My current headphone collection includes large open-back planar magnetic headphones (HiFiMan Edition X V2, Audeze LCD-2 prefazor revision 1), a biodynamic-driver headphone (Massdrop + Fostex TH-X00 with Lawton Bolivian Purpleheart chambers), a low-impedance dynamic driver closed-back (Focal Elegia), and high-impedance dynamic driver headphones (DT-880 600 ohm, Massdrop + Sennheiser HD6XX – 300 ohm). I did not detect that the GMR had a strong preference for headphone type. It seemed to pretty much be itself with all these headphones and did a good job of letting the headphones be themselves. Even with the big planars, I didn’t detect any power issues from being current limited that would be reasonable to expect in this price range. This tells me the GMR is a fine base to explore the world of headphones with, particularly headphones under $500. The one exception to that might be anything based on a Fostex RP driver (T?0RP, Dekoni Blue, Modhouse Argons, etc.) as the power demand for that driver is high. However, as the Zen Dac w/ bass boost and the DT880 test mentioned earlier indicates, that could still work out ok as the GMR seems to deliver what power it does have efficiently and effectively. So, I have to disappoint any reader who is looking for a specific headphone pairing recommendation. In my collection at least I didn’t find a magic combo, but I also didn’t find any notable bad matches either.
COMPARISON WITH OTHER HEADPHONE AMPS
I’m not going to spill too much ink on comparisons in this review. That’s because I had an exciting opportunity to have the GMR, Topping L30, Monolith Liquid Spark amp, JDS Labs Atom amp, Schiit Magnius and Asgard 3, and iFi Zen CAN in-house all at the same time. I’m working on a big face-off of budget amps for that group that will hopefully be out very soon. For now, please accept a very general statement that the GMR acquits itself well in that group, it’s not the best of the bunch, and it’s far from last place. Its price is the median of that group and to my ear that’s where its overall performance falls as well, with a couple of sound characteristics, namely timbre and detail retrieval, that are competitive with some of the slightly pricier models. However, Geshelli will be pleased to learn that in my listening, I found the GMR to be a stronger overall performer than the Topping L30, which is arguably the most direct competition for the GMR right now based on pricing and measurements.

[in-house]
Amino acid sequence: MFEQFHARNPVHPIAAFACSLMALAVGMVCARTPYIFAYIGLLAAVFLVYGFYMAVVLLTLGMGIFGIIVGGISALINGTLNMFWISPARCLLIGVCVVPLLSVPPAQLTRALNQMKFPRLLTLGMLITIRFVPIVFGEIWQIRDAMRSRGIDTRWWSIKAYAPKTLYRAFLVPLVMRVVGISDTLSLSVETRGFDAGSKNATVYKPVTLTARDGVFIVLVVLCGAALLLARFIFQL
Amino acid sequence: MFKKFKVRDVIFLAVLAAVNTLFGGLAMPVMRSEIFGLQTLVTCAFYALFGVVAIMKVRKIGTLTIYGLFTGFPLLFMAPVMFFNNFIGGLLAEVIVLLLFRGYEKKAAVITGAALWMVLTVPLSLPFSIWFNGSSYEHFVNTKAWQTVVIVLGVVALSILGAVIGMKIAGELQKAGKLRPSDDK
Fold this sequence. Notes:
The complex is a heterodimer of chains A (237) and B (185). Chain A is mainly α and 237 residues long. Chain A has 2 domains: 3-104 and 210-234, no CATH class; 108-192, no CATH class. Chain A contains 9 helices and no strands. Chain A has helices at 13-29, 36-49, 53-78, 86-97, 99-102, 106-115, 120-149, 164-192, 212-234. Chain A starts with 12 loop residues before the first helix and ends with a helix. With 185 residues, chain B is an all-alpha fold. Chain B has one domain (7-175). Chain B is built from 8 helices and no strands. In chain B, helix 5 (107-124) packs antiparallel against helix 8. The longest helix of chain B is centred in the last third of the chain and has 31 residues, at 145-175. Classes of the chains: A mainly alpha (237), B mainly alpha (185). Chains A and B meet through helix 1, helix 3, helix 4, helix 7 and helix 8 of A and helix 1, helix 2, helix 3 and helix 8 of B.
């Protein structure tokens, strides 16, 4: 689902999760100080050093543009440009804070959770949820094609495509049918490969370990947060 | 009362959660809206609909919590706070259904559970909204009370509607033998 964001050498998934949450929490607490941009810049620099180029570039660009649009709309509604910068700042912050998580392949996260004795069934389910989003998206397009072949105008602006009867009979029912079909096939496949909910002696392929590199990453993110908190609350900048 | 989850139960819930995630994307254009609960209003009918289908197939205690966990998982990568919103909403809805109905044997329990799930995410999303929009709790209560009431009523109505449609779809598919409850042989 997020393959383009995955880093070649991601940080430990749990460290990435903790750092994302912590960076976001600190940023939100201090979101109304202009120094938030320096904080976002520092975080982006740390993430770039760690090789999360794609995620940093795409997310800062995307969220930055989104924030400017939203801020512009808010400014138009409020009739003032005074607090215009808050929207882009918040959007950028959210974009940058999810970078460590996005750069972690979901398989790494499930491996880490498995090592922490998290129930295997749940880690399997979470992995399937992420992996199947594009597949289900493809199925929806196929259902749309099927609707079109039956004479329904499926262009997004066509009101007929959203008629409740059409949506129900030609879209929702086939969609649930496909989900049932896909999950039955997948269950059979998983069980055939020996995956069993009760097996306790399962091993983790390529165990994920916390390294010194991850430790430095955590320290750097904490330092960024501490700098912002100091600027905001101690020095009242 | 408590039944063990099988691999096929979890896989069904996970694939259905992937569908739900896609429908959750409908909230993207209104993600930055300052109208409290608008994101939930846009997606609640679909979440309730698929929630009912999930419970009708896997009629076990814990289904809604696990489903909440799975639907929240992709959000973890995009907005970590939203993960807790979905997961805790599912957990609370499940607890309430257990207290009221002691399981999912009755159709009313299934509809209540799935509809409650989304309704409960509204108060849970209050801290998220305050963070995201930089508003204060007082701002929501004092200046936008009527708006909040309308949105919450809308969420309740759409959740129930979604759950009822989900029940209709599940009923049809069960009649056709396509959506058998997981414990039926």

I like the Geshelli Labs Archel 2 GMR. It’s a fine little amp. It delivers on measurements and has pretty good sound for its asking price. I also like the made-in-a-garage aesthetic that gives it a charm that is quite unique in its class. I do my best to inform readers of the flaws of any device but there really aren’t any big ones with the GMR. The amount of high frequency noise might appear to some as a problem but I really think that noise has more to do with the GMR showing what’s in the recording. Are there amps that do that better? Yes. Those amps are also more expensive. The GMR not particularly powerful by specification but I also never ran into a situation where I thought its sound suffered as a result. I wish I had a Fostex RP driver headphone on hand to give that a more definitive test, but is the only reservation I still have about its power output for headphones that make sense to pair it with. So, if you’re new-ish to the headphone world and want to explore under $500 headphones, the Archel 2 GMR is a solid base from which to do so.
Thanks for reading and enjoy the music, everyone.
*I know that’s not a helpful contextual statement. The point is that THD number is about 3 orders of magnitude below the level you even need to start being concerned about.
EDIT: After posting this review a rep from Geshelli Labs said that they designed the GMR “around [T50RP]” - which means odds are good the GMR will power the Fostex RP headphones just fine. I can’t confirm that with my ears yet but want all of you readers to have the best info possible. Cheers!